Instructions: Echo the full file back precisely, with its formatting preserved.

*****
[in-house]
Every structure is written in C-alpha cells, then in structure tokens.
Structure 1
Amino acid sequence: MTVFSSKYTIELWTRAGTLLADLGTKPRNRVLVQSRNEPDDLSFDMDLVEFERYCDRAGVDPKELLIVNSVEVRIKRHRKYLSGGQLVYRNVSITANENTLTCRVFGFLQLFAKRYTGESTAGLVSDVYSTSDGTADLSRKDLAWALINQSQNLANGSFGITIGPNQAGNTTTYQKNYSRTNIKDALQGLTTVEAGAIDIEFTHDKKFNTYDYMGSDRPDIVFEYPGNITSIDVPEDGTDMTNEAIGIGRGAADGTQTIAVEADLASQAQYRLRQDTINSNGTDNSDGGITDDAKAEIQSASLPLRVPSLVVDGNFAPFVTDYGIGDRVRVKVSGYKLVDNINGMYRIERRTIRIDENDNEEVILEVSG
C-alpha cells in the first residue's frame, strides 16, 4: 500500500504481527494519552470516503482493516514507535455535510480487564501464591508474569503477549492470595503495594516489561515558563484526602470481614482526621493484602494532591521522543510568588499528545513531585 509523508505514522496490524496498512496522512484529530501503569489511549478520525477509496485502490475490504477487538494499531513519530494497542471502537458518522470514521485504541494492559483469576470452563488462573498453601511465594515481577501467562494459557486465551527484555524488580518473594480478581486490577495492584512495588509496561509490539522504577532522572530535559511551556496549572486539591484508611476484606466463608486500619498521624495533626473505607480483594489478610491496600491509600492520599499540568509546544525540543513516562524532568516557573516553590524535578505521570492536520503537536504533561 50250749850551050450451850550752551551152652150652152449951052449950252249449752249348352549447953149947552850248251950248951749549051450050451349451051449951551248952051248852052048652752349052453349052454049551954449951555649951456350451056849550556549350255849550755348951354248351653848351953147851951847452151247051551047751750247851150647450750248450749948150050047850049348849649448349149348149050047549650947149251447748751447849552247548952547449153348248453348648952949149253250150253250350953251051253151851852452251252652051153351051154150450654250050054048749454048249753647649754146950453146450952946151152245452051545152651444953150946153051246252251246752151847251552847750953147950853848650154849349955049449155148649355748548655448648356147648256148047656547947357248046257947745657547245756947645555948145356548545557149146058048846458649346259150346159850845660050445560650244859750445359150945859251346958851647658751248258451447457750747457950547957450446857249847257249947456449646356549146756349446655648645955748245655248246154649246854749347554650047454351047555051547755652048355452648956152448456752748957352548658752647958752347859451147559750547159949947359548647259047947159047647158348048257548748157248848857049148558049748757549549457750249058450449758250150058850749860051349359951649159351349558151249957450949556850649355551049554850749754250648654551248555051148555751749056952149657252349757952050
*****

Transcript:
[in-house]
Every structure is written in C-alpha cells, then in structure tokens.
Structure 1
Amino acid sequence: MTVFSSKYTIELWTRAGTLLADLGTKPRNRVLVQSRNEPDDLSFDMDLVEFERYCDRAGVDPKELLIVNSVEVRIKRHRKYLSGGQLVYRNVSITANENTLTCRVFGFLQLFAKRYTGESTAGLVSDVYSTSDGTADLSRKDLAWALINQSQNLANGSFGITIGPNQAGNTTTYQKNYSRTNIKDALQGLTTVEAGAIDIEFTHDKKFNTYDYMGSDRPDIVFEYPGNITSIDVPEDGTDMTNEAIGIGRGAADGTQTIAVEADLASQAQYRLRQDTINSNGTDNSDGGITDDAKAEIQSASLPLRVPSLVVDGNFAPFVTDYGIGDRVRVKVSGYKLVDNINGMYRIERRTIRIDENDNEEVILEVSG
C-alpha cells in the first residue's frame, strides 16, 4: 500500500504481527494519552470516503482493516514507535455535510480487564501464591508474569503477549492470595503495594516489561515558563484526602470481614482526621493484602494532591521522543510568588499528545513531585 509523508505514522496490524496498512496522512484529530501503569489511549478520525477509496485502490475490504477487538494499531513519530494497542471502537458518522470514521485504541494492559483469576470452563488462573498453601511465594515481577501467562494459557486465551527484555524488580518473594480478581486490577495492584512495588509496561509490539522504577532522572530535559511551556496549572486539591484508611476484606466463608486500619498521624495533626473505607480483594489478610491496600491509600492520599499540568509546544525540543513516562524532568516557573516553590524535578505521570492536520503537536504533561 50250749850551050450451850550752551551152652150652152449951052449950252249449752249348352549447953149947552850248251950248951749549051450050451349451051449951551248952051248852052048652752349052453349052454049551954449951555649951456350451056849550556549350255849550755348951354248351653848351953147851951847452151247051551047751750247851150647450750248450749948150050047850049348849649448349149348149050047549650947149251447748751447849552247548952547449153348248453348648952949149253250150253250350953251051253151851852452251252652051153351051154150450654250050054048749454048249753647649754146950453146450952946151152245452051545152651444953150946153051246252251246752151847251552847750953147950853848650154849349955049449155148649355748548655448648356147648256148047656547947357248046257947745657547245756947645555948145356548545557149146058048846458649346259150346159850845660050445560650244859750445359150945859251346958851647658751248258451447457750747457950547957450446857249847257249947456449646356549146756349446655648645955748245655248246154649246854749347554650047454351047555051547755652048355452648956152448456752748957352548658752647958752347859451147559750547159949947359548647259047947159047647158348048257548748157248848857049148558049748757549549457750249058450449758250150058850749860051349359951649159351349558151249957450949556850649355551049554850749754250648654551248555051148555751749056952149657252349757952050